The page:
Jens W. Klein has just released a pretty cool doctest debugger tool called interlude. It's designed for a situation where you are writing doctests (perhaps in the comments of your code) and you think to yourself, hmm, what happens when I run this test? Instead of the back and forth run-test-edit cycle, well, why not just drop into a doctest session from your test suite, interact with the shell until you got it right, then copy / paste the session back into your comments? This little tool is genius. And surprisingly simple: 11 lines long (3 of those are for the shell startup message).
Jens describes an installation process that involves invoking a custom doctest runner. This can introduce a bootstrapping problem, especially if you are using a doctest runner like Nose because it's hard to customize the doctest runner. Well, actually, this bootstrapping step isn't even necessary. Here's an example:
I have a doctest in a module I'm working on called Fudge, for creating mock objects (fyi, I'll be releasing this code in a day or two). Example:
class Fake(object): """A fake object that replaces a real one while testing.""" # etc ... def has_attr(self, **attributes): """Sets available attributes. >>> User = Fake('User').provides('__init__').has_attr(name='Harry') >>> user = User() >>> user.name 'Harry' """ self._attributes.update(attributes) return self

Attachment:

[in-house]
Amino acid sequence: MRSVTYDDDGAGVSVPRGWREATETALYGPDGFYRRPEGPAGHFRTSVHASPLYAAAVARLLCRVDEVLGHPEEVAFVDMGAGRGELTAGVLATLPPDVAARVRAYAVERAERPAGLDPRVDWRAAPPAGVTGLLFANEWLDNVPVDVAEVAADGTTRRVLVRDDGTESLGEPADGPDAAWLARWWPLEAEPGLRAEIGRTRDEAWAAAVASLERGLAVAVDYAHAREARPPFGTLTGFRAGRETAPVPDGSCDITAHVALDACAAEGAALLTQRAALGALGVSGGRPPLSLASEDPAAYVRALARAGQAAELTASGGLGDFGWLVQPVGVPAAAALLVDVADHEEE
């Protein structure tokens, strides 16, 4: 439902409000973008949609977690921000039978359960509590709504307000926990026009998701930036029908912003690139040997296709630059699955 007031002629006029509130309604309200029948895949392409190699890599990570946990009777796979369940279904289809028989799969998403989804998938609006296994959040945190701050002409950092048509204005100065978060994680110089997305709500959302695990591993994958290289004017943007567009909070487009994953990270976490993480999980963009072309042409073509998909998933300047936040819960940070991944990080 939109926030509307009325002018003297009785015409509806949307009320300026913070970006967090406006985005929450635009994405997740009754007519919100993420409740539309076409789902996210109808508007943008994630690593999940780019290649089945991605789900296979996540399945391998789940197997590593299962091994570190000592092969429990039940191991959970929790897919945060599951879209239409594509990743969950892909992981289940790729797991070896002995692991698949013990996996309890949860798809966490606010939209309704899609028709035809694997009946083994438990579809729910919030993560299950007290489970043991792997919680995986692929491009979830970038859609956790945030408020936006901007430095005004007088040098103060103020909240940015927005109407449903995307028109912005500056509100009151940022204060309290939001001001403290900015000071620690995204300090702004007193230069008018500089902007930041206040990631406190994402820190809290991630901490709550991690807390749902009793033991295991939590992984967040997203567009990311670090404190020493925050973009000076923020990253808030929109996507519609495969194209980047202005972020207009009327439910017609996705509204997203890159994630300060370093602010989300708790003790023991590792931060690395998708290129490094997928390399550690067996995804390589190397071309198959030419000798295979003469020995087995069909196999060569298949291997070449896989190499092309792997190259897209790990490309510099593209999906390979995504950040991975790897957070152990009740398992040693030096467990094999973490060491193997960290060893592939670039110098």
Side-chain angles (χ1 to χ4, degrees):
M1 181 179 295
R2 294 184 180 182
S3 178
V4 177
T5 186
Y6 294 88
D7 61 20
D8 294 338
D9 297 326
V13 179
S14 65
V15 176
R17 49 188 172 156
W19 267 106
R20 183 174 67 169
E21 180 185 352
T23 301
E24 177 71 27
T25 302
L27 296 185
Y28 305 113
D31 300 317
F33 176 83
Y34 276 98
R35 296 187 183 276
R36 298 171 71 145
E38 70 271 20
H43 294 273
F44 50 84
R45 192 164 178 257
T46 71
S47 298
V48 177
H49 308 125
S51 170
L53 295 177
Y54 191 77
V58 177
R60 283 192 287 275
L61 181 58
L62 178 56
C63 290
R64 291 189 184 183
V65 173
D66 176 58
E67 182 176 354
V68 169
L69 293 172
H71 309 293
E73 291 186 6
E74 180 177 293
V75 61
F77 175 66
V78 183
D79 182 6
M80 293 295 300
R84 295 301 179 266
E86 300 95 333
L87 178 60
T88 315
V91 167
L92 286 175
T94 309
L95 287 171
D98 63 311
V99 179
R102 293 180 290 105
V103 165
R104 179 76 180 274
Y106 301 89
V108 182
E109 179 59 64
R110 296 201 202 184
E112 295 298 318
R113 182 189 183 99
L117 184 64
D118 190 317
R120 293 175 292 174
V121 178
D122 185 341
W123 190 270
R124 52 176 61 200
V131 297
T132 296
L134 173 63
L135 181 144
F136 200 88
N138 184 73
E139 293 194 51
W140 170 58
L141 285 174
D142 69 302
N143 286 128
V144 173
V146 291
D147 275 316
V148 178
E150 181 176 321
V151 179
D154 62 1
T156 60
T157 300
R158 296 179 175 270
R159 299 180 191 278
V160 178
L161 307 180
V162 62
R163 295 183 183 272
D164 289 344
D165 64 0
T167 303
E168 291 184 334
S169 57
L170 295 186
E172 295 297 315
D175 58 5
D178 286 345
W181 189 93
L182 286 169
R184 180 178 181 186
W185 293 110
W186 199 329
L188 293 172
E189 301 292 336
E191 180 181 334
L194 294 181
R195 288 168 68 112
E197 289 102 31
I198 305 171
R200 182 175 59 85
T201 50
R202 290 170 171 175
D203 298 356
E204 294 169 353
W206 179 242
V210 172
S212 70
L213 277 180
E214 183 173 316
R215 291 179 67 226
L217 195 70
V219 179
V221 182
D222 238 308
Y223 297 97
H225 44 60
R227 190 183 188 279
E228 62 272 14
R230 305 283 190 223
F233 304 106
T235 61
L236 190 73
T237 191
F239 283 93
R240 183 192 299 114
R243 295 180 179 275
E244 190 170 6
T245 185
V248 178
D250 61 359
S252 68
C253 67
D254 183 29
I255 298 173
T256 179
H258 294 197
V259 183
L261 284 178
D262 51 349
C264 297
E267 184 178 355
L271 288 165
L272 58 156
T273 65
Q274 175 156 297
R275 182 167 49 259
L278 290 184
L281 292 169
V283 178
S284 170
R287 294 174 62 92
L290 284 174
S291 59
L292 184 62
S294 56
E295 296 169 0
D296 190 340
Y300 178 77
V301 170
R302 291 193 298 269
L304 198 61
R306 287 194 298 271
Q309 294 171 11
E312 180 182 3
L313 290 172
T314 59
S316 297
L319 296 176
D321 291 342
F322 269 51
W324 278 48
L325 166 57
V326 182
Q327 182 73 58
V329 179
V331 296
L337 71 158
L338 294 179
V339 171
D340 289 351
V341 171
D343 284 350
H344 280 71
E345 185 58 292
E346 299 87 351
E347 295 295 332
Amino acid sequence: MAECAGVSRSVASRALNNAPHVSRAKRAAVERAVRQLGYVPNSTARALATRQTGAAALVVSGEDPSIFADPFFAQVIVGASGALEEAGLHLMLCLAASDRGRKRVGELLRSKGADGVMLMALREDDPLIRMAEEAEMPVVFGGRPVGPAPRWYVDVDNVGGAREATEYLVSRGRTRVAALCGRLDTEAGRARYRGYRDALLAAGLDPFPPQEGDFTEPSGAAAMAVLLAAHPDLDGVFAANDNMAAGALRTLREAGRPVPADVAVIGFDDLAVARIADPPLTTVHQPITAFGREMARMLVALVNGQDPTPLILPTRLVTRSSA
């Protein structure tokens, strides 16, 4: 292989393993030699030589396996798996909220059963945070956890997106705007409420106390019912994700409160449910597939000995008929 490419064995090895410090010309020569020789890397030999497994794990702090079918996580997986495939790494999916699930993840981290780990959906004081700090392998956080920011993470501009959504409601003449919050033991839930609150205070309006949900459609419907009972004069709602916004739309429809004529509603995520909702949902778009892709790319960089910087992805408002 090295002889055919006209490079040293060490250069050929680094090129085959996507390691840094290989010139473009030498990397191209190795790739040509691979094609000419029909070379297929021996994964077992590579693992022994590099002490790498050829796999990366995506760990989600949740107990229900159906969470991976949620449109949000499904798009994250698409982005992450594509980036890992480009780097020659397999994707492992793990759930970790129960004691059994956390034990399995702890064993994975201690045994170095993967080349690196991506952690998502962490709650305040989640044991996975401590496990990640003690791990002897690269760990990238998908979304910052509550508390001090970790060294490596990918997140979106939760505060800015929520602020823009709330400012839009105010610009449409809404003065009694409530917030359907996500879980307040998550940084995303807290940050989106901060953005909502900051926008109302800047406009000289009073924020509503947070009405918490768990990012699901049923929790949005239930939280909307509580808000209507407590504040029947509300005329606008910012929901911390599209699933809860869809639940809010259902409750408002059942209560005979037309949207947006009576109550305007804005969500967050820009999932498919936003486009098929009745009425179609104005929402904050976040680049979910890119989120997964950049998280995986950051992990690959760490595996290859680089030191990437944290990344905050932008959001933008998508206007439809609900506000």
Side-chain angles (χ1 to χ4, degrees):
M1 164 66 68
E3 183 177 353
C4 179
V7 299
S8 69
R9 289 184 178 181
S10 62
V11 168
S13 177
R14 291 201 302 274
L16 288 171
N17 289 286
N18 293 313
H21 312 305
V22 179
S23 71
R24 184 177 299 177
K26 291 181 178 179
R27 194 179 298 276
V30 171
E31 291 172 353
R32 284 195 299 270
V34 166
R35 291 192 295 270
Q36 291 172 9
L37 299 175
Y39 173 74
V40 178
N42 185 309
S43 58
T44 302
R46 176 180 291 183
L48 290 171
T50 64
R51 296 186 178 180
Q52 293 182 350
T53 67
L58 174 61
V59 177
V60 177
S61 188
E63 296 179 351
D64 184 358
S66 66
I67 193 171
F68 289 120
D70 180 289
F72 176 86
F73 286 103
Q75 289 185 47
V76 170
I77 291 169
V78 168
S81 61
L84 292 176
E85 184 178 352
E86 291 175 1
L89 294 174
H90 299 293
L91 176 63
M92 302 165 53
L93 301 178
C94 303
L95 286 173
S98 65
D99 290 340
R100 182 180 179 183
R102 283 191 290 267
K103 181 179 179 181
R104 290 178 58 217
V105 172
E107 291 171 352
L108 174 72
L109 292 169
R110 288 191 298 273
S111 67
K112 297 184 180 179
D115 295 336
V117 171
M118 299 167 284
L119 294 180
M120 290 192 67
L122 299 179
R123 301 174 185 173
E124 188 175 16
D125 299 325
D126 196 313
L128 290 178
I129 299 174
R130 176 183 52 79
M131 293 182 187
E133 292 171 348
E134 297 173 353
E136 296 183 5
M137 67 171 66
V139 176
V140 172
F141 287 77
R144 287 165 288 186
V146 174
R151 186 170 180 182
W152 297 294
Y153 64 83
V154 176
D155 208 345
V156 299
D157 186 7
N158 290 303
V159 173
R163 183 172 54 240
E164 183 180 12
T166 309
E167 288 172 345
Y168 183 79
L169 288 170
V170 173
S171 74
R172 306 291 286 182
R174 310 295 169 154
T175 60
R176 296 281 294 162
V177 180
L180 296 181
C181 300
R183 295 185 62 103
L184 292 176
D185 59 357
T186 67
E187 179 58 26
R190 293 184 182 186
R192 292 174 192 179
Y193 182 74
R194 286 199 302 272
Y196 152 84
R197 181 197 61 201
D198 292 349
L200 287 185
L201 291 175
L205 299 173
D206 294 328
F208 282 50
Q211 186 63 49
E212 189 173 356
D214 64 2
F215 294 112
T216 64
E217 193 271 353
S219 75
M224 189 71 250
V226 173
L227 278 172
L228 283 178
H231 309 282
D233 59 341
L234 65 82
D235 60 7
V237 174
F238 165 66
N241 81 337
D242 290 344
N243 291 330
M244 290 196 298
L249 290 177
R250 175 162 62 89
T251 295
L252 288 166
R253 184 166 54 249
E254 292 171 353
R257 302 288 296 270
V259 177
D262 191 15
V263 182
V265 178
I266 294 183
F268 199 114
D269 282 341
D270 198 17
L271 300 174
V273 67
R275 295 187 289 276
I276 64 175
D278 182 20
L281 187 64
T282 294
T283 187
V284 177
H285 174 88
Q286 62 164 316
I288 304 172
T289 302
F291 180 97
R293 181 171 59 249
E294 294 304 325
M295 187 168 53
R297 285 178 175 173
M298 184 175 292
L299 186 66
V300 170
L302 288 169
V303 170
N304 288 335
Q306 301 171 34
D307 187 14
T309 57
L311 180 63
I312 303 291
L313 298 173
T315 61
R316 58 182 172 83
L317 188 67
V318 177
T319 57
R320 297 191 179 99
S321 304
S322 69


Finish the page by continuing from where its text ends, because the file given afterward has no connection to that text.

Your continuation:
I can run doctests for this with Nose like so:
$ nosetests --with-doctest --verbose Doctest: fudge.Fake ... ok Doctest: fudge.Fake.calls ... ok Doctest: fudge.Fake.expects ... ok Doctest: fudge.Fake.has_attr ... ok
Let's say I wanted to debug the doctest interactively. All I have to do is add a call to interlude.interact() from within my doctest:
def has_attr(self, **attributes): """Sets available attributes. >>> User = Fake('User').provides('__init__').has_attr(name='Harry') >>> user = User() >>> user.name 'Harry' >>> import interlude >>> interlude.interact( locals() ) """ self._attributes.update(attributes) return self
... and next time I run the tests I get dropped into a shell that contains all variables from my doctest for me to explore:
$ nosetests --with-doctest --verbose Doctest: fudge.Fake ... ok Doctest: fudge.Fake.calls ... ok Doctest: fudge.Fake.expects ... ok Doctest: fudge.Fake.has_attr ... ========================================= Interlude DocTest Interactive Console - (c) BlueDynamics Alliance Note: You have the same locals available as in your test-case. Ctrl-D ends session and continues testing. >>> user fake:User >>> user.name 'Harry' >>>
And of course I can simply copy / paste that session back into my comments and remove the call to interact(). Pretty nice, huh? Good work, Jens.
You could also do this with pdb but having the doctest environment makes it as simple as copy / paste when you want to put the session back in your tests.